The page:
Strategic Alignment of Innovation to Business: Balancing the Exploration and Exploitation Function
    Fortuin, F.T.J.M. ; Omta, S.W.F. - \ 2007
    Wageningen : Wageningen Academic Publishers (Innovation and sustainability vol. 2) - ISBN 9789086860562 - 174
    levenscyclus - innovaties - onderzoek - industriële toepassingen - exploratie - hulpbronnengebruik - strategisch management - life cycle - innovations - research - industrial applications - exploration - resource utilization - strategic management
    This book addresses the crucial question for innovative prospector companies of how to bridge the gap between exploration and exploitation. Whereas exploration deals with the search for new ideas and opportunities, exploitation is about incrementally moving the performance bar a little bit higher. Finding the right balance between exploration and exploitation is essential for the long term survival in today's highly dynamic business environments. In a cross-industry study of ten large, multinational prospector companies, which are world leaders in their respective industries, it was discovered that the 'industry clockspeed', the length between the subsequent product generations, plays an essential role in bridging this gap. The product generation life cycle (PGLC) typically ranged from just several months in short life cycle industries (SLCIs), such as electronics and the mobile phone industry, to (more than) 10 years in long life cycle industries (LLCIs), such as aerospace and pharmaceutics. Our data indicate that companies operating in SLCIs face major problems in maintaining the long term knowledge base of their firms, whereas companies in LLCIs tend to have problems in aligning their innovation strategy to the short term business needs. To investigate the dynamics of strategic alignment, in one of the LLCI companies, a multinational supplier of industrial components, a six-year longitudinal study was conducted. Here our data indicate that finding a funding structure that effectively balances exploration and exploitation, combined with regular structured feedback between the exploration and exploitation function is needed to maintain long term strategic alignment. CTOs and innovation managers can use this book by first establishing the industry clockspeed(s) in their respective industries or product range(s) and then benchmark their innovation processes to those of the first class (SLCI or LLCI) prospector companies included in this book.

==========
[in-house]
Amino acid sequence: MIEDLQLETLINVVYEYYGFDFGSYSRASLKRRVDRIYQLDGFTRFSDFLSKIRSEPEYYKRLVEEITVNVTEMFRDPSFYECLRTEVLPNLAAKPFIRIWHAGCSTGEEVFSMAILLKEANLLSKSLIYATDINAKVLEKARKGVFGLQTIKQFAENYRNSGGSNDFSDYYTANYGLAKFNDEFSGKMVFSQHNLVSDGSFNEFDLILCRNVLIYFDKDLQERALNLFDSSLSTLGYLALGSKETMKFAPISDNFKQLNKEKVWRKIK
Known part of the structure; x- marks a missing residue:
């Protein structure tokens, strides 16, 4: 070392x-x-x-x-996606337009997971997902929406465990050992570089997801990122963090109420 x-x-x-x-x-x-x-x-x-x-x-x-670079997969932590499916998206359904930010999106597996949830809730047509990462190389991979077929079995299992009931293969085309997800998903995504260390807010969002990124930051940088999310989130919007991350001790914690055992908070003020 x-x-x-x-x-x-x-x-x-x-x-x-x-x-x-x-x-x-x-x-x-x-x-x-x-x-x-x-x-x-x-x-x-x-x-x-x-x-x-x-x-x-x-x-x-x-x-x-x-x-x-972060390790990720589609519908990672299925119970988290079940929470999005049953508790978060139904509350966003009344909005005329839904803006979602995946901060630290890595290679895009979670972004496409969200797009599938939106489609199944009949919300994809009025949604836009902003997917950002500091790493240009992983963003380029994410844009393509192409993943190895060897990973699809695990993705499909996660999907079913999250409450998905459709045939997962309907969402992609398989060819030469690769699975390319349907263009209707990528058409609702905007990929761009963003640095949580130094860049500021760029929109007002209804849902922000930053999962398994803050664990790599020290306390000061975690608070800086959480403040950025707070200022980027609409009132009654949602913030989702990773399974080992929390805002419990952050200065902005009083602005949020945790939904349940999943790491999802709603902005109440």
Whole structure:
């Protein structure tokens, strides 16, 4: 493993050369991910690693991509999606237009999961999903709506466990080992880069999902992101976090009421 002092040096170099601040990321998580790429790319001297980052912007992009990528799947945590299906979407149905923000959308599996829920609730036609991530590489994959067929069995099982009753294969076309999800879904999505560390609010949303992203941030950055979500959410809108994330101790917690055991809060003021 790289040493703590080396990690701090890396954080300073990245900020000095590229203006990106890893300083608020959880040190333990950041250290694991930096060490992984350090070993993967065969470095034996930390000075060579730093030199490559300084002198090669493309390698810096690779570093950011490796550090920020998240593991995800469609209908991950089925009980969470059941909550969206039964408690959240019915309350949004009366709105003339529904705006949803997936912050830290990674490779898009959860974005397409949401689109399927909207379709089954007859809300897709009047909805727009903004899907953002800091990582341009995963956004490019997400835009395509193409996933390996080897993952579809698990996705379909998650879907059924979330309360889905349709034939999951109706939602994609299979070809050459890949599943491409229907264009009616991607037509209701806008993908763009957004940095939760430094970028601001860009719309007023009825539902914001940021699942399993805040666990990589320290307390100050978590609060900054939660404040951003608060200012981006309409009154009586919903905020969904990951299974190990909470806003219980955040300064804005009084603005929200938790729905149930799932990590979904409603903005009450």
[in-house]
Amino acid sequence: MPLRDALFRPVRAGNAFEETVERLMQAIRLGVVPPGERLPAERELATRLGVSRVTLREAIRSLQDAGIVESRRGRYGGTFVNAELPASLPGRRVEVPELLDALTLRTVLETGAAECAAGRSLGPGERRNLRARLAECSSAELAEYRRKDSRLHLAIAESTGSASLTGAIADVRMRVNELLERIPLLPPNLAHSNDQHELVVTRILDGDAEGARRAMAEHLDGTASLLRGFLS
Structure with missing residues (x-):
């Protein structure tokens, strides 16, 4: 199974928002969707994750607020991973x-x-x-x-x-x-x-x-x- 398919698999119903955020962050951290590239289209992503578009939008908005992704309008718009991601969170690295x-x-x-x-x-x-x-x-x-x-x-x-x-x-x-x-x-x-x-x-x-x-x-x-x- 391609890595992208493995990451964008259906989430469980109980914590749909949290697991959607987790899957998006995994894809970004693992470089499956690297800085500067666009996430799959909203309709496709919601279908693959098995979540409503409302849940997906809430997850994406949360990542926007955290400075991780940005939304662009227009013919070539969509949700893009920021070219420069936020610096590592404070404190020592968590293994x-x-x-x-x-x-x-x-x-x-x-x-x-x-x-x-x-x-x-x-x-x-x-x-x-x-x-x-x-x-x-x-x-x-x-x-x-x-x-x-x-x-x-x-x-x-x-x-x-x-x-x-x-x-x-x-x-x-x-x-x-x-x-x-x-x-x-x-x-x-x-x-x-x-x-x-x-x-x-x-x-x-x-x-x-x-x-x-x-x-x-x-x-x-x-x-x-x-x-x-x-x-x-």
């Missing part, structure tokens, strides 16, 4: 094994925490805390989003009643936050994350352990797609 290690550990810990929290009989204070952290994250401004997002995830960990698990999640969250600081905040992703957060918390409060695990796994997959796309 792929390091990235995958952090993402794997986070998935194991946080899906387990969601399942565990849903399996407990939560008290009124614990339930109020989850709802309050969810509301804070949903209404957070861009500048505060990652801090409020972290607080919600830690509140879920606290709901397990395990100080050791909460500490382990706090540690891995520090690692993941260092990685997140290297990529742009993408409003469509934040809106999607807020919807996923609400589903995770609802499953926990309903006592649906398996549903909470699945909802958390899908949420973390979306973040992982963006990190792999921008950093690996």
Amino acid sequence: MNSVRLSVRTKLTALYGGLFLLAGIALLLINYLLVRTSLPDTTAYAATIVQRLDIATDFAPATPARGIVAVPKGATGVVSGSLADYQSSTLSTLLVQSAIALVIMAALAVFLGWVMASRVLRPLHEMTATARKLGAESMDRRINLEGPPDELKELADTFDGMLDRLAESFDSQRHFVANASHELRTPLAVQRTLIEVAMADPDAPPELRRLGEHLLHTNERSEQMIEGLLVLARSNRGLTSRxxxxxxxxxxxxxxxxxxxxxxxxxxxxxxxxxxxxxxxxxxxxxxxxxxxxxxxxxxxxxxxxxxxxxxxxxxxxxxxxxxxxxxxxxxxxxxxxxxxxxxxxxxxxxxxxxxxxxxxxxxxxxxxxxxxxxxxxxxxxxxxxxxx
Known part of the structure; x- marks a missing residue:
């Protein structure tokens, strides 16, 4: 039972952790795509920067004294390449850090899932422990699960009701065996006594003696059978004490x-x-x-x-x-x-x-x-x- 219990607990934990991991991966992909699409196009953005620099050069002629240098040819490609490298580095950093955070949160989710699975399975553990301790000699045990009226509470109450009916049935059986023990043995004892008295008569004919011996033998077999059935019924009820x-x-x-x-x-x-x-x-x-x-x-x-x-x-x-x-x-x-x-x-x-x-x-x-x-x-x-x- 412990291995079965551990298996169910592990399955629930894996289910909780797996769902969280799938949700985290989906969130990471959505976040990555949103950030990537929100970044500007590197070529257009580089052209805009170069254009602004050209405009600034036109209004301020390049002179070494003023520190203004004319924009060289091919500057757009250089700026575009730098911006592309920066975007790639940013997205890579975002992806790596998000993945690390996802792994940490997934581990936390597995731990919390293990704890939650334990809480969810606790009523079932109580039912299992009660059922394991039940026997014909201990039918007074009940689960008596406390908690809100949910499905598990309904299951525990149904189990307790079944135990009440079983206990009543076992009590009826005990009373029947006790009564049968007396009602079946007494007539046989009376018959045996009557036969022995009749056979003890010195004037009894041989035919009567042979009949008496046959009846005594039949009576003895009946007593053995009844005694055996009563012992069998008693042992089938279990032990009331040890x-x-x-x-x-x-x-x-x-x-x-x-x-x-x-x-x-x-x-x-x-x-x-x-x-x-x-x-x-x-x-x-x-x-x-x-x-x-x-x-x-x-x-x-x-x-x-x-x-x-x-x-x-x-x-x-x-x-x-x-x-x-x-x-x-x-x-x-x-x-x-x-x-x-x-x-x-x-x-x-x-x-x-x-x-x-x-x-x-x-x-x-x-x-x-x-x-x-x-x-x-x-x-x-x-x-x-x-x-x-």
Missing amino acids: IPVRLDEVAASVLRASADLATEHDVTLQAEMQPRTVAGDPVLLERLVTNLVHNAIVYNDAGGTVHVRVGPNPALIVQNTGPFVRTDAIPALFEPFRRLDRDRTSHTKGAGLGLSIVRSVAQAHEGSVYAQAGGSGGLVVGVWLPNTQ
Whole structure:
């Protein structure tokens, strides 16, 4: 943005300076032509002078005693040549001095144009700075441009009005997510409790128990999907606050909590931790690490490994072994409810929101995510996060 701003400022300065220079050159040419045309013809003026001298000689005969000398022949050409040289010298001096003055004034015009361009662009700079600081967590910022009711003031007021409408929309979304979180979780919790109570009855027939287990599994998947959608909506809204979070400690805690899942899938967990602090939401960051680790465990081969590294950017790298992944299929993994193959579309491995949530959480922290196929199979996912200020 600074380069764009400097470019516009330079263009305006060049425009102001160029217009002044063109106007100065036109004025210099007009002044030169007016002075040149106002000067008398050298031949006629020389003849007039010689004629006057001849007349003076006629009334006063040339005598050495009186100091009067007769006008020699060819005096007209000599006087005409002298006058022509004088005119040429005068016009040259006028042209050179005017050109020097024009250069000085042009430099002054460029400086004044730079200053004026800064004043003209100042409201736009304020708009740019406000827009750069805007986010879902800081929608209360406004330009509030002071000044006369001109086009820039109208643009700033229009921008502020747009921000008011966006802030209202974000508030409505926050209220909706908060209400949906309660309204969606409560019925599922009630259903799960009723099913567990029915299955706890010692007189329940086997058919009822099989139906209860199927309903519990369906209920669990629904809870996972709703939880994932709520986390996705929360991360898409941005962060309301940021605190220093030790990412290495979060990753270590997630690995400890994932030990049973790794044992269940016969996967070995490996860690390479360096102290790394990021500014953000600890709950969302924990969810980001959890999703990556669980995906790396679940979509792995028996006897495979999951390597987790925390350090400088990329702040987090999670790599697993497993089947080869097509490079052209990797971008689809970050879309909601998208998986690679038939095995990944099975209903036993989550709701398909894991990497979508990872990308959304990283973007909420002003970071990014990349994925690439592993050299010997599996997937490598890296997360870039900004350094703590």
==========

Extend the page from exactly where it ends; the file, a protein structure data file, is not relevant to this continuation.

Rebuilding common property management : a case study of community-based natural resource management in rural Guizhou, China
    Sun, Qiu - \ 2007
    Wageningen University. Promotor(en): J.L.S. Jiggins; N.G. Röling; Cees Leeuwis. - [S.l.] : S.n. - ISBN 9789085048336 - 263